While all eyes have been focused on the Persian Gulf and Iranian confrontations with the U.S. and Saudi Arabia, a new round of nuclear weapons testing has been kicked off in North Korea.
This article reports on a test-firing of a submarine-launched ballistic missile (SLBM) by North Korea. As you’ll see in the photograph that is included in the article, the rounded warhead is consistent with the type used for nuclear weapons.
This test was even more provocative because the missile landed in a part of the Sea of Japan claimed by Japan as part of its exclusive economic zone under international law and therefore constitutes a breach of Japanese sovereignty. Analysts interpret the launch as a provocation designed to get Trump back to the bargaining table with Kim Jong Un with a view to possible relief from U.S. economic sanctions on North Korea.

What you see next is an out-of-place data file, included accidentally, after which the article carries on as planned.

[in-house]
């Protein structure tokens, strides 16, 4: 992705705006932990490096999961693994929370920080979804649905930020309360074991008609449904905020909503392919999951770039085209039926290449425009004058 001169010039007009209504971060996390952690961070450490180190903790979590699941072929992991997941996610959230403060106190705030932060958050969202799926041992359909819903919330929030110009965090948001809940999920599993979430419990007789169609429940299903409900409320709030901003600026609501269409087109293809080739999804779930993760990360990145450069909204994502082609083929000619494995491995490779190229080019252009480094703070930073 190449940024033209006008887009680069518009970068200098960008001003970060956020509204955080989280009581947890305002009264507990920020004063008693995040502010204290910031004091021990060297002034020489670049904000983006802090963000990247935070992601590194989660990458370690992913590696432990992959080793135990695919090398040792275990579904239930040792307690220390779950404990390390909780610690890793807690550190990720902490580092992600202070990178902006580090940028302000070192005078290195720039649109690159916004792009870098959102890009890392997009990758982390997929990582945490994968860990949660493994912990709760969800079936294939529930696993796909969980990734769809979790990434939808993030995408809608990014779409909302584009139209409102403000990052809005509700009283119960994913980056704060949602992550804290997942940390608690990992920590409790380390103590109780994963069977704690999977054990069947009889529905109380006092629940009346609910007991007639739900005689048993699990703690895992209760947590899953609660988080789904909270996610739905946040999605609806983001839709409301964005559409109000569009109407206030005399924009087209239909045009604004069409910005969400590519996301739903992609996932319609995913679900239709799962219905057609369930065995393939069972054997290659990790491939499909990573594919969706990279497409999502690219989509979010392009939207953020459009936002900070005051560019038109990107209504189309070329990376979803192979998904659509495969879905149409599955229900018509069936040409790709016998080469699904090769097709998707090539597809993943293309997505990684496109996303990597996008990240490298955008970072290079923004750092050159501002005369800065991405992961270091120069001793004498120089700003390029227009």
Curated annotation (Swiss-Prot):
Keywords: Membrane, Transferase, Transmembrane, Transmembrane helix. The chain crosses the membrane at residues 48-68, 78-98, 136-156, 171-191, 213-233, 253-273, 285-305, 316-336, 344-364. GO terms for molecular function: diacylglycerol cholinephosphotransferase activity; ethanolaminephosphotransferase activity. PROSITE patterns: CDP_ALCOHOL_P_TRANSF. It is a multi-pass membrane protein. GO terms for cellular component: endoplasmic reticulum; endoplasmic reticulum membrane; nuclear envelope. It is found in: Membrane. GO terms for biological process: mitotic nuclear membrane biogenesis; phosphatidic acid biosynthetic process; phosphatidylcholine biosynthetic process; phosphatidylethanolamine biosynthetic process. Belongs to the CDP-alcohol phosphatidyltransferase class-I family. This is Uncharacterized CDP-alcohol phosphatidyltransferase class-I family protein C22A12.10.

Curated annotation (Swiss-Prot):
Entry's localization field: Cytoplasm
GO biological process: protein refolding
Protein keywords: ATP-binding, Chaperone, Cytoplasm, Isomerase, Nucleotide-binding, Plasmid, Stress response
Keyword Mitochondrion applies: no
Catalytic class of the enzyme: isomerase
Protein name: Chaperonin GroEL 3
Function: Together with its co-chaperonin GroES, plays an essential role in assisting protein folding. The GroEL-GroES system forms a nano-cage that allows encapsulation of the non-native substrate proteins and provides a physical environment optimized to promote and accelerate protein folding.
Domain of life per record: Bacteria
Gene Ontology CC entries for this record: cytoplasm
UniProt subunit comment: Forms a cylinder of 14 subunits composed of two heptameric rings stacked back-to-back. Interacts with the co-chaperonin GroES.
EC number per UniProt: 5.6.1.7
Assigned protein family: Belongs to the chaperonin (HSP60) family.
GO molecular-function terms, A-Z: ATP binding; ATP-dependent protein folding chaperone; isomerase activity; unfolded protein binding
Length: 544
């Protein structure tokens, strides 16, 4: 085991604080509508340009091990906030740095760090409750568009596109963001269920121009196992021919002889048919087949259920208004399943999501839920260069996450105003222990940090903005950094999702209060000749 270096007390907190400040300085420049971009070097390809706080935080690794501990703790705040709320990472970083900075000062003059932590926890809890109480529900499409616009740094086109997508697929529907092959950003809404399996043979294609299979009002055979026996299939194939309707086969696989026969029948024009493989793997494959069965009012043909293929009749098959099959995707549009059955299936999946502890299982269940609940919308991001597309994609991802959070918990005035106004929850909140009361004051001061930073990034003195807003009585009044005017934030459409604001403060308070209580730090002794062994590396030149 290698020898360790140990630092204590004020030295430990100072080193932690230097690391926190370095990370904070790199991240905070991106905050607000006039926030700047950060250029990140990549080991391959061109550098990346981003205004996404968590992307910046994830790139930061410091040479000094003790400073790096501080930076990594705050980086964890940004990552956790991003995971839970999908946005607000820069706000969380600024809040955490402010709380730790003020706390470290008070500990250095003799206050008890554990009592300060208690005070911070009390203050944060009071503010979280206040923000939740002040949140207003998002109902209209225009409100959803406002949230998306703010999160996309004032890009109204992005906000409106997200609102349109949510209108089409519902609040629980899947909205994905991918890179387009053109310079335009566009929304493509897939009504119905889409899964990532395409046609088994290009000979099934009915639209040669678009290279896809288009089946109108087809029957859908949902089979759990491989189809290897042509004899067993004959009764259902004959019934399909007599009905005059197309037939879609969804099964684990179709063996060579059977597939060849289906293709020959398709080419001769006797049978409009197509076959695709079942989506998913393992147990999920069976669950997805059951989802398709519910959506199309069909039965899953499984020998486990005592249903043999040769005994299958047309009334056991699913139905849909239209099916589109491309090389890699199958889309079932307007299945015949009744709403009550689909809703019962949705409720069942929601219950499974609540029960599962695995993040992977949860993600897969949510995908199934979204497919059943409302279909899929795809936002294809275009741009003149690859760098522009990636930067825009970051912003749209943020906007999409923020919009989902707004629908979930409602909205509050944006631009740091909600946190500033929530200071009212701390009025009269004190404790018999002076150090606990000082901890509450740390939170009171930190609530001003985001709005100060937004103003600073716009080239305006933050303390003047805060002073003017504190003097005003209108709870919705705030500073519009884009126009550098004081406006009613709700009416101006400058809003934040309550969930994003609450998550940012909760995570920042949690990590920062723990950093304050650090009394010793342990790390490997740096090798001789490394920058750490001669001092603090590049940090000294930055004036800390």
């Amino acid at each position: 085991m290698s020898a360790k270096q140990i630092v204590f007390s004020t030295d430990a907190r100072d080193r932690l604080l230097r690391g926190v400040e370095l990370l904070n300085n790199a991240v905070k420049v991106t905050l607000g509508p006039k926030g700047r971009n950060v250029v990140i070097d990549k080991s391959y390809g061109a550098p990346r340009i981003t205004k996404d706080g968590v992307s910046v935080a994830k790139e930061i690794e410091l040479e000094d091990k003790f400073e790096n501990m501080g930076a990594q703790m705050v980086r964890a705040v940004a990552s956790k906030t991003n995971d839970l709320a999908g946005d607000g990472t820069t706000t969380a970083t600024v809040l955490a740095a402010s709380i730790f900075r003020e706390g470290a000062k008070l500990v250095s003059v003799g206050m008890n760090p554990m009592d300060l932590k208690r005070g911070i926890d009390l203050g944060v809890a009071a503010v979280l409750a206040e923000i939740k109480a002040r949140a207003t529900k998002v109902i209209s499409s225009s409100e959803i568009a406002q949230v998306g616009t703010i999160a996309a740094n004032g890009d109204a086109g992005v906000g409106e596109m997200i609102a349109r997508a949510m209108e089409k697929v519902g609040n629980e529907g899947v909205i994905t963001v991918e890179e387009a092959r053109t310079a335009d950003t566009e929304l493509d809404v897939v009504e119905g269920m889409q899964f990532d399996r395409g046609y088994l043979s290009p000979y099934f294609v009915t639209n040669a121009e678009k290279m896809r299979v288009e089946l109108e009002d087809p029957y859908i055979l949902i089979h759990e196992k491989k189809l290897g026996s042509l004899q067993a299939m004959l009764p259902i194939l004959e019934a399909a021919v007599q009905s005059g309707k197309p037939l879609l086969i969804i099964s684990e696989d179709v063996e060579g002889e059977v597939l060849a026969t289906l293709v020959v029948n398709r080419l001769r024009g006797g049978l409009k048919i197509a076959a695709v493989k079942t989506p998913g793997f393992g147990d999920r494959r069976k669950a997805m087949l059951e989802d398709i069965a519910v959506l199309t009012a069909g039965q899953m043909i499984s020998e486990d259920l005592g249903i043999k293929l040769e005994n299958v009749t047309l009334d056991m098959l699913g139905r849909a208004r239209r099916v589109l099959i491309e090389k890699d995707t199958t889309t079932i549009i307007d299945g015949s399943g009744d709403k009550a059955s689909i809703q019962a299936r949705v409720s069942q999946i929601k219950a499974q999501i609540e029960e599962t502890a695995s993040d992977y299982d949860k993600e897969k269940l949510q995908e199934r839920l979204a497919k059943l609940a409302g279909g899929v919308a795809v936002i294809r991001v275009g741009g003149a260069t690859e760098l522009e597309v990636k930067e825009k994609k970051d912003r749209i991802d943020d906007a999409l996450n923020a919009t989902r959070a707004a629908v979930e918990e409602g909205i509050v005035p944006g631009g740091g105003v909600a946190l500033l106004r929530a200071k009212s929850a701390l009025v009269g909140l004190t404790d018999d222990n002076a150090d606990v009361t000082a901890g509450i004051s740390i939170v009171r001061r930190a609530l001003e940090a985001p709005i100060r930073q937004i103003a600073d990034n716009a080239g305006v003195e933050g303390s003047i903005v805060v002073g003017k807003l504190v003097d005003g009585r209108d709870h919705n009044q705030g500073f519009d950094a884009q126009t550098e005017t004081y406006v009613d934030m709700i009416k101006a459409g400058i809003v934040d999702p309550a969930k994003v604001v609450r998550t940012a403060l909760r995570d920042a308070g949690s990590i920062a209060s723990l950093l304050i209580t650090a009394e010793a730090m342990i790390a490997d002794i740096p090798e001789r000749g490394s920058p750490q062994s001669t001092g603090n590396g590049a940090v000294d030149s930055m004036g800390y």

That’s plausible, but an even simpler explanation is at hand. Even without detonating a nuclear device (the last test was in September 2017), this launch is another step in the development of a full-scale nuclear arsenal including short-range, intermediate-range, intercontinental ballistic missiles and SLBMs. The submarine platform is especially dangerous because the submarines can be navigated close to the U.S., putting many major cities at risk even if the range of the missile itself is limited.
Trump refuses to reduce sanctions on North Korea unless they begin to dismantle their nuclear weapons. North Korea has shown no inclination to do so and is merely playing for time. This is just one more geopolitical flashpoint that is possibly heading toward war. Investors have been warned.
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